One can only speculate as to why Washington and DuBois had different opinions about segregation and how to fight it; however one obvious difference between the two is that Washington had lived in the South and DuBois in the North following the Great Northern Migration at a time when Black Nationalism and consciousness were at the forefront of the movement for Black equality.
Booker T. Washington was one of the last of the slave-born generation to rise to prominence. He was supported by a number of powerful white politicians, which was probably a factor in his argument that Blacks should acquiesce to segregation and "separate but equal." They would thereby prove themselves worthy. It is entirely possible that Washington considered this the most pragmatic approach, as he did not believe his goals could be achieved without White support. He believed that because Blacks were outnumbered by Whites, the direct approach advocated by DuBois would backfire. The book Ragtime, contains a fictitious but telling illustration of Washington's position: When a young Black man kills a White and holes up in a library, Washington is sent in to get him to surrender. Washington tells the young man, "I promise you that your execution will be merciful."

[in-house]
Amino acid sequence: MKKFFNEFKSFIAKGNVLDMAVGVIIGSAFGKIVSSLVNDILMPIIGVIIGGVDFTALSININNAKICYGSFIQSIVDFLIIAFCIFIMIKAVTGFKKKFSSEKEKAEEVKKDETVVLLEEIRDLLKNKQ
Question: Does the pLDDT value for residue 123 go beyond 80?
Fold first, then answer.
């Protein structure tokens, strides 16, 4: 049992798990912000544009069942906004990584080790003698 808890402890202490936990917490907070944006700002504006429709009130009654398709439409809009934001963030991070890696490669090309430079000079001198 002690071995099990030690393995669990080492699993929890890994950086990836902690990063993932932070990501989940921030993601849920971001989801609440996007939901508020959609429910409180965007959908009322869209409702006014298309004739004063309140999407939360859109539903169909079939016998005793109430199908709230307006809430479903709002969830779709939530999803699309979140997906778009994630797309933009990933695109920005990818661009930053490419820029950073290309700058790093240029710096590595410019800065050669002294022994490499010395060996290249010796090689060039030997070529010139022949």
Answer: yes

W.E.B. duBois was born in Massachusetts, and had not shared Washington's experiences. His ideas were that one should inform the people and enforce constitutional rights through the courts. He was aided, no doubt, by the large concentration of Black voters in Northern areas which gave a strong voice to his program. Rather than argue that Blacks should acquiesce and seek cooperation from and with Whites, he argued vociferously against racism, and said that a small elite of African Americans whom he called the "talented tenth" would lead the bring about change.
Thus the primary reason for the difference beween the two is the circumstances of their birth and the areas in which they worked.